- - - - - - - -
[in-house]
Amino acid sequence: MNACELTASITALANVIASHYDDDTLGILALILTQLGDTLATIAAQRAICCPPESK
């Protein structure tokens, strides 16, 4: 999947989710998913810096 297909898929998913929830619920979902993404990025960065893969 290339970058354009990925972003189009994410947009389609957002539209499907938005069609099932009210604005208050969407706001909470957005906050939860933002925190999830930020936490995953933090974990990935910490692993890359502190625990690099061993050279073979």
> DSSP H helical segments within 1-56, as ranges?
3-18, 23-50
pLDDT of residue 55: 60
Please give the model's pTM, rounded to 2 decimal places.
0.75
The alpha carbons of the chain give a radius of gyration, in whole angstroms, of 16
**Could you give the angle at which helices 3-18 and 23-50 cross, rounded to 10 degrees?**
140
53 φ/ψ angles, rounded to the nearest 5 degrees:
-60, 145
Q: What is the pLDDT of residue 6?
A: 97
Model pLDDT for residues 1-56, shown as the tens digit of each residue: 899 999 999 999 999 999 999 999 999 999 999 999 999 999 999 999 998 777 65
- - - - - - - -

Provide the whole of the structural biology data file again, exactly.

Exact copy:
[in-house]
Amino acid sequence: MNACELTASITALANVIASHYDDDTLGILALILTQLGDTLATIAAQRAICCPPESK
């Protein structure tokens, strides 16, 4: 999947989710998913810096 297909898929998913929830619920979902993404990025960065893969 290339970058354009990925972003189009994410947009389609957002539209499907938005069609099932009210604005208050969407706001909470957005906050939860933002925190999830930020936490995953933090974990990935910490692993890359502190625990690099061993050279073979």
> DSSP H helical segments within 1-56, as ranges?
3-18, 23-50
pLDDT of residue 55: 60
Please give the model's pTM, rounded to 2 decimal places.
0.75
The alpha carbons of the chain give a radius of gyration, in whole angstroms, of 16
**Could you give the angle at which helices 3-18 and 23-50 cross, rounded to 10 degrees?**
140
53 φ/ψ angles, rounded to the nearest 5 degrees:
-60, 145
Q: What is the pLDDT of residue 6?
A: 97
Model pLDDT for residues 1-56, shown as the tens digit of each residue: 899 999 999 999 999 999 999 999 999 999 999 999 999 999 999 999 998 777 65